Yeah, it's easy to get cynical. For many of us, it's the only way we can keep our sense of humor. When we hear some AA give a spiel on how tough life is or how he lost his wife and job or how he spent a weekend in jail for DWI or how he bruised his kid's butt in a fit of drunken corporal punishment, we're usually polite. Let's be real here. There's a fundamental difference between us. That's why our alcoholism has led us to prison. Any of those problems are second-fiddle to us. The problems that need to be addressed with regard to our drunken fits are that some of us have robbed, assaulted, killed; others have raped, molested, and preyed upon those unable to fend for themselves.

There's a part in "How It Works" (chapter five) that says: "There are those, too, who suffer from grave emotional and mental disorders, but many of them do recover if they have the capacity to be honest." So, let's be honest. The fundamental difference is what the booze allows us to become. It does not create. What we do under the influence is but a reflection of what we are, either somewhere in the depths or in our mind's eye. For us, sobriety is extremely important, but it is not an end. It should be a step toward eradicating the beast within. "We admitted we were powerless over alcohol--that our lives had become unmanageable" is the height of understatement; for we also made life miserable for someone else. Whether AA is influential enough upon us to restore us to sanity is a question that requires some serious fourth-stepping with a hard, searching look at Step Five.

Then there's sponsors. . .Any of us who have been "down" repeatedly, long-term, or both, require some perspective on this issue. The free-world AA who is equipped to be a sponsor to one of us is a rare and precious being. Come on, folks, we've had to perform for judges, parole boards, and prison classification committees. We've learned to dance and dance well. Role playing is something that comes so easily and naturally that we sometimes find it difficult to distinguish act from reality; and often fool none but ourselves. Also, prison experience teaches us to clam up or strike out when we suffer pain, not to reach out. The paradox is that we need a sponsor perhaps more than others and yet will seek one seldom, if at all. To sponsor one of us is a special burden. Chances are you'll get burned or burned-out. We're hard and only tough love will benefit us. Love tough enough to call it b.s. when we go into our act. Love tough enough to lead and establish some rules with the expectation of follow-through. Love tough enough to say, "Look, dude, maybe there's a problem here that needs professional attention." Love tough enough to reach out a hand when we slip and fall. . .and the odds are severe.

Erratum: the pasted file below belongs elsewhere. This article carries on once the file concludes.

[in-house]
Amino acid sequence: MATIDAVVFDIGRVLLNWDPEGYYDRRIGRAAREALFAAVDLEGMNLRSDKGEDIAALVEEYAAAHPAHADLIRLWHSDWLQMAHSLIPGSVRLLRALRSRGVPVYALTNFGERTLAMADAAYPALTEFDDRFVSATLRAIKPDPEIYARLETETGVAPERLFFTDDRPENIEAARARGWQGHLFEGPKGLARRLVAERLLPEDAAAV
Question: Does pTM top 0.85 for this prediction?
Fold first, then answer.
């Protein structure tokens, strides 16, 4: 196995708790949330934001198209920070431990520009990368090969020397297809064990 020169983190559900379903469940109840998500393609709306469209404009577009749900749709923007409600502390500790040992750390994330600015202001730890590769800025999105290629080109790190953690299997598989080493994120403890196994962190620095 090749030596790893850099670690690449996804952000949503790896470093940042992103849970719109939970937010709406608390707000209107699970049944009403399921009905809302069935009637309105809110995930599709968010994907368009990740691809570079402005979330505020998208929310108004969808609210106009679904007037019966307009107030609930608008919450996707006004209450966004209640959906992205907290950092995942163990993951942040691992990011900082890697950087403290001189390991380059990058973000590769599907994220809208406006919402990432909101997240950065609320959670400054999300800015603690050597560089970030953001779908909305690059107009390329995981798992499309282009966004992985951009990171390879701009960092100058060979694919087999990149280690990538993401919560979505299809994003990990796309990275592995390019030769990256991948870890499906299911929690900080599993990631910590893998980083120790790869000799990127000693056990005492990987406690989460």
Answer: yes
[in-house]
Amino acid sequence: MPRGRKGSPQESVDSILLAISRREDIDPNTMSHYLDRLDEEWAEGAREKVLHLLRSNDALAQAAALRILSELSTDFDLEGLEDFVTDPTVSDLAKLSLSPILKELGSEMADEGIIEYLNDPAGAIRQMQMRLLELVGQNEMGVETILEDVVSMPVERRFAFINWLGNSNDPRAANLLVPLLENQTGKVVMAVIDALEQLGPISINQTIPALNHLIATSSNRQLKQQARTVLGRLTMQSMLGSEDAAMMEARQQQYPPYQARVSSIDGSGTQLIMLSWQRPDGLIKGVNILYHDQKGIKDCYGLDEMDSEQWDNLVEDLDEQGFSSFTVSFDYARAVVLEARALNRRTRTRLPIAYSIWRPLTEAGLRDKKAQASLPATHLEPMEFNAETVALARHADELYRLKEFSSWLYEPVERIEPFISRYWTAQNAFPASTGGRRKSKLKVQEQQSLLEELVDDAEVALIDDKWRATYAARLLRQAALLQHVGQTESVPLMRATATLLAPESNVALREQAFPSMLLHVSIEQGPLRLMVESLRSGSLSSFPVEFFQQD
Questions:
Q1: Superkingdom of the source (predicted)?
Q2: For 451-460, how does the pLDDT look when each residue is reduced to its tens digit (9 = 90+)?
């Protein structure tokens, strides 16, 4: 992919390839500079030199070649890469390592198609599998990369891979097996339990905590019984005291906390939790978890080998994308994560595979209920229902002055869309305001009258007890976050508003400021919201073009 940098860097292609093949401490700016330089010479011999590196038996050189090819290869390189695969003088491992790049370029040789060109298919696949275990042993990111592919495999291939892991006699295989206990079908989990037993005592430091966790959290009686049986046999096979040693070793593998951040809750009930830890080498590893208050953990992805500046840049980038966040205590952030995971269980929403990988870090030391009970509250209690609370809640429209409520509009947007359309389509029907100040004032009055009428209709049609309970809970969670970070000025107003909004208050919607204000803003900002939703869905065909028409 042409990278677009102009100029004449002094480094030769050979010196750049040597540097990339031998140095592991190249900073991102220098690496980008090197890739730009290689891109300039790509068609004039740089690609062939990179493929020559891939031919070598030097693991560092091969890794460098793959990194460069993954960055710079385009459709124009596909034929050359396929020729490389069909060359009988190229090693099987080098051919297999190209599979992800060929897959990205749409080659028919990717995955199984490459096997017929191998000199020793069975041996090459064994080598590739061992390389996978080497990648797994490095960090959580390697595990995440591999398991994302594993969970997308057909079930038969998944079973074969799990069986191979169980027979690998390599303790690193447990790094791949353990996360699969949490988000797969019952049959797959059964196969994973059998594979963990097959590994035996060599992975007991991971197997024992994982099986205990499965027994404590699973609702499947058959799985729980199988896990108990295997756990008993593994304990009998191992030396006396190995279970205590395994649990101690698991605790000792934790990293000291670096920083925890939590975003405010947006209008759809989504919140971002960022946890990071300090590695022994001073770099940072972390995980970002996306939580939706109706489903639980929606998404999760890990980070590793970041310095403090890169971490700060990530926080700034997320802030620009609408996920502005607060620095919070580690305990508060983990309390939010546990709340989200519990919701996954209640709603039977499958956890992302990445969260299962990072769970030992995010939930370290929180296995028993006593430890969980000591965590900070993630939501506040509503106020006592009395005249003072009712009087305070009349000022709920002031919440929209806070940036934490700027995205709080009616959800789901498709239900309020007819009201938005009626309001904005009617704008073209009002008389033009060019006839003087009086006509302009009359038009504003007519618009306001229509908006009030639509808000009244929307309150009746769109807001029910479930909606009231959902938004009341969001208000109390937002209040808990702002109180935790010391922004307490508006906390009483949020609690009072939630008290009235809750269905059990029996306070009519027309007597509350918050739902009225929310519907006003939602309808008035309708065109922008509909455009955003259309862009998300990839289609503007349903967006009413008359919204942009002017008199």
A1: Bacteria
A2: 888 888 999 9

Hey, I'm not out to rain on anyone's parade. We need you people out there. Once in a while it works for one of us, and only because of one or more of you. I'm just sharing my experience of hope for strength. I've been pretty fortunate, so far. I'm alive and I haven't killed anyone. . .yet. How long before I reach for the bottle when I get out this time? I honestly don't know. . .